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While Gaiman’s comments help make more sense of the timeline (he was able to spend more time on American Gods after San Diego Comic-Con in July, and Alexander was asked to leave the show in September), they don’t necessarily explain what had happened. He did call the initial reports of Alexander’s being sidelined “bullshit,” but that was the extent of any explicit remarks about it.

Instead, Gaiman praises the show’s cast who, as he frames it, succeeded in defending their characters as initially contrived in season one despite apparent issues with new writers trying to change things up.

“We have a fantastic cast. They know who they are and they know who their characters are. They care about them. They’ve researched them. This is especially helpful when you’re getting new writers coming in, who might be a little wobbly on things that characters would do or say. The cast absolutely saw it and said, ‘No mate, the character wouldn’t do that because of this, this and this.’ So things would get rewritten and stuff would be fixed, thanks to them.”

Interestingly, Gaiman may have been referencing one of the more fantastic aspects of the initial report about Alexander’s removal, which claimed he and McShane would partake in “screaming matches” over the quality of the season two scripts. The finale was even totally scrapped. Talking about it now, Gaiman admits that he was more involved in the scripts for the final three episodes, but leaves it there.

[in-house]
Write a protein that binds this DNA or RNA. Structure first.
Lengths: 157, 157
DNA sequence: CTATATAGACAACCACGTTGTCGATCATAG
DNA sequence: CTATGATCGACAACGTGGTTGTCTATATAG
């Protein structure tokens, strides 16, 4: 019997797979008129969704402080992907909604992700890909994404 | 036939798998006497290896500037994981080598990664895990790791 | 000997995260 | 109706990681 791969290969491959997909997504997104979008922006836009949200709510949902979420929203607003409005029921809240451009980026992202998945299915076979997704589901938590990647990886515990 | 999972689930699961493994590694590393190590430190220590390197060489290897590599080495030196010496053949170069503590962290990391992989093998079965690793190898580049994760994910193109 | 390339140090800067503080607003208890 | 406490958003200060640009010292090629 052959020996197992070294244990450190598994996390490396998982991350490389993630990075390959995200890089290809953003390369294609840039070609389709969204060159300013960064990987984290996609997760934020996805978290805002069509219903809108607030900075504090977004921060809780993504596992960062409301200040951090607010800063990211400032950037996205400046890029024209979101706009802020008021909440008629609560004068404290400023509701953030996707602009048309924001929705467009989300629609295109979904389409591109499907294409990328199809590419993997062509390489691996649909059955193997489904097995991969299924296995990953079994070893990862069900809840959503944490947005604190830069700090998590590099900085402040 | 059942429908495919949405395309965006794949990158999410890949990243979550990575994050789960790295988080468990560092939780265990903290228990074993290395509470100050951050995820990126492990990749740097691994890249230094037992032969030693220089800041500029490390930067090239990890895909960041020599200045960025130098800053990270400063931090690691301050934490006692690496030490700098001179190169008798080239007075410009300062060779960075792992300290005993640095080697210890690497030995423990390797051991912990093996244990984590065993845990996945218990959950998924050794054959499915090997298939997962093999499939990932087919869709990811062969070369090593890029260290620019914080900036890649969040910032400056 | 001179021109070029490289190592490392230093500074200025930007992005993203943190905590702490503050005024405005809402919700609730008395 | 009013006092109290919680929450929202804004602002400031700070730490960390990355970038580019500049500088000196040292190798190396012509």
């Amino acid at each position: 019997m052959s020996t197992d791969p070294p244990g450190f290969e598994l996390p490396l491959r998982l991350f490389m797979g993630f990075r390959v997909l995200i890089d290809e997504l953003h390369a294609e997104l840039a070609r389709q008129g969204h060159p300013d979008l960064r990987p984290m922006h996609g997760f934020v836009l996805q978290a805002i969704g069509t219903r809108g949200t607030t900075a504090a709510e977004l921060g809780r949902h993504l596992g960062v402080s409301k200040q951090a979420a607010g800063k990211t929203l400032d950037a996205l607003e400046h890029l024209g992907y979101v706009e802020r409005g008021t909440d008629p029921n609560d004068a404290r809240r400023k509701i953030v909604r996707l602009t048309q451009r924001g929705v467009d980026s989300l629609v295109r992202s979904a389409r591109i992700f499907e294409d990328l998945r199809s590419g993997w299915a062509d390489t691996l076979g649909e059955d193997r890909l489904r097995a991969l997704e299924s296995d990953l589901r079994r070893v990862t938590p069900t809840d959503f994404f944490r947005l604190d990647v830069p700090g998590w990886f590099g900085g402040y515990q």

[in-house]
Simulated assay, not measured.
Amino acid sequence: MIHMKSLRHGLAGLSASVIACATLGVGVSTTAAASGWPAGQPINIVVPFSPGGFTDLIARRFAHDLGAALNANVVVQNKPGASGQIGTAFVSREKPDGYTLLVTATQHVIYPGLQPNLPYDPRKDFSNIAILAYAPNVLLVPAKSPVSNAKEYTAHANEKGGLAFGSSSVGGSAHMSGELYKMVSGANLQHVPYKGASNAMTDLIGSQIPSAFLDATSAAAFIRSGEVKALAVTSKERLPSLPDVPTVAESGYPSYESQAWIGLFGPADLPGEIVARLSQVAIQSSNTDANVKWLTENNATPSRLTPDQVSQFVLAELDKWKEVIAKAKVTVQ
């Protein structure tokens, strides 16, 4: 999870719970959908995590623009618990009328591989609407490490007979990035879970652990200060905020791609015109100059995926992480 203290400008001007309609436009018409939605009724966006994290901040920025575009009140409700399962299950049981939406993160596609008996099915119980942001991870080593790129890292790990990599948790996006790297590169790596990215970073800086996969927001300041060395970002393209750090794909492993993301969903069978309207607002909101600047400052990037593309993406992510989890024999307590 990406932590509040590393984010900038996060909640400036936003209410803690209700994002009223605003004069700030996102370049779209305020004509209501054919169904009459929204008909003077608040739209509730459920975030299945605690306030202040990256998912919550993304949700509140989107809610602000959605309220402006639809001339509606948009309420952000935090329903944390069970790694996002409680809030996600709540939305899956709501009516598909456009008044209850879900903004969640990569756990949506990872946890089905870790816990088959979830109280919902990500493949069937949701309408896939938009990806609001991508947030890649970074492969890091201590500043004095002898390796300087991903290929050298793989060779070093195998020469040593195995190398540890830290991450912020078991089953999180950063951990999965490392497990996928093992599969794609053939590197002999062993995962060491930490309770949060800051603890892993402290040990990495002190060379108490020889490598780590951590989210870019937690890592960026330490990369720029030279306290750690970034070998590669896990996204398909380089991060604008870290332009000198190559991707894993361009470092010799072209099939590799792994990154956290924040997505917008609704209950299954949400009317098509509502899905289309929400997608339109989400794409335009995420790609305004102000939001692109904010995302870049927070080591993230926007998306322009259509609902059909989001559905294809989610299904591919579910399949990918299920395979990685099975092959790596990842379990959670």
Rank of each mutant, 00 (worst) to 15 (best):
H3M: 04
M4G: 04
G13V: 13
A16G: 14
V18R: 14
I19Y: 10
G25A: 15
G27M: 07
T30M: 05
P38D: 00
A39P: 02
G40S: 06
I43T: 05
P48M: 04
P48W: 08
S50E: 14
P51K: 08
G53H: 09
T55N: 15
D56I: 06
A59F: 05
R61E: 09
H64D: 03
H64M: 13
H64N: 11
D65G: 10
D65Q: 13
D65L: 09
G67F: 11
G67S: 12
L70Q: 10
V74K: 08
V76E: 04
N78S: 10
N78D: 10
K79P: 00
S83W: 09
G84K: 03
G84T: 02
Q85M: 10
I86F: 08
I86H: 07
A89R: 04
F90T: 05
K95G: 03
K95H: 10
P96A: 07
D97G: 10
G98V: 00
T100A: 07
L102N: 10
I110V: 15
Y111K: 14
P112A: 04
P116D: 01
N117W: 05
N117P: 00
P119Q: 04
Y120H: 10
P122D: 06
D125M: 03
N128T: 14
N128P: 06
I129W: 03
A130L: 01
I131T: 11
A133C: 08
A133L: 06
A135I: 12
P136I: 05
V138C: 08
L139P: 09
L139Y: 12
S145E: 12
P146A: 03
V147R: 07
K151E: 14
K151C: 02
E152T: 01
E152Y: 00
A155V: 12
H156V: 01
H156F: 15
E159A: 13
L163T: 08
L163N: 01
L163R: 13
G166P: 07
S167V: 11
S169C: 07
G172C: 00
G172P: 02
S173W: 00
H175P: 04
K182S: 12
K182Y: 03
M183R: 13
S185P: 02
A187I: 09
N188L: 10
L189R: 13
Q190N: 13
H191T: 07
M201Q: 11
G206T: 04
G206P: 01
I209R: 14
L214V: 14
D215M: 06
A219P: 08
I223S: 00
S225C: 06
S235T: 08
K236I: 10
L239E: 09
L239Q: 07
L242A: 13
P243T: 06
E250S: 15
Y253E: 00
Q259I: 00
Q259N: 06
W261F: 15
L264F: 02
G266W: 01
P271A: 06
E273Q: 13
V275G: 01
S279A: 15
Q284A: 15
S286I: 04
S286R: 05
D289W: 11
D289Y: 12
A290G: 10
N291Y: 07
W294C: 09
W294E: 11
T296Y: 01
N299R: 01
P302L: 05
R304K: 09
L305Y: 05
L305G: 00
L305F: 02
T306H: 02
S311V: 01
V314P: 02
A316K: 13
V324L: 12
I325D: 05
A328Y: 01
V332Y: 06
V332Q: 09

Even so, the American Gods cast now seems quite confident in the work they’ve put into the new season. They’re also just as confident in Gaiman’s ability to steer the show out of its troubled water and into the much wider (and hopefully less dramatic) seas ahead.

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“These characters were created by Bryan and Michael, so they’re based on Neil’s characters, but they’re different,” says Orlando Jones, who plays the African trickster god, Mr. Nancy. “I’m a lot like Nancy in the book in many ways, and I’m also not like Nancy in the book at all. Shadow Moon never got lynched in the books. He’s living in a different America today.”

“I think there’s a nuance there, and Neil really is the person that comes in and goes, ‘Stay on the theme, guys. The theme is here. Stay focused here.’ He’s a master storyteller, so why do anything differently?”

Browning is also quick to note that the loss of Fuller and Green after season one, and Alexander toward the end of season two, never really meant the end of the series. After all, so many other people were helping to make American Gods a reality.

“All of that went away after we saw a bunch of footage. We grew less worried after we saw a few rough cuts from the first few episodes, especially the stuff that Chris Byrne showed us,” she says. Chris Byrne, who served as the first season’s second unit director, is now the show’s producing director. He’s also, as Browning puts it, “the fucking hero of American Gods” and partially responsible for how amazing season two looks.

“He is the vision of the show. The way the show looks has always been thanks to him, and it’s still him. He is an angel, he’s our savior and he’s incredible. Seeing the stuff that he showed me, I was like, ‘Oh wow, we did it! This is our show and it actually looks kind of incredible.’ It was scary. We obviously had a huge road bump to get over, but I feel like we’re going to give you guys something really cool in the end.”

American Gods Season 2 premieres sometime in 2019 on Starz.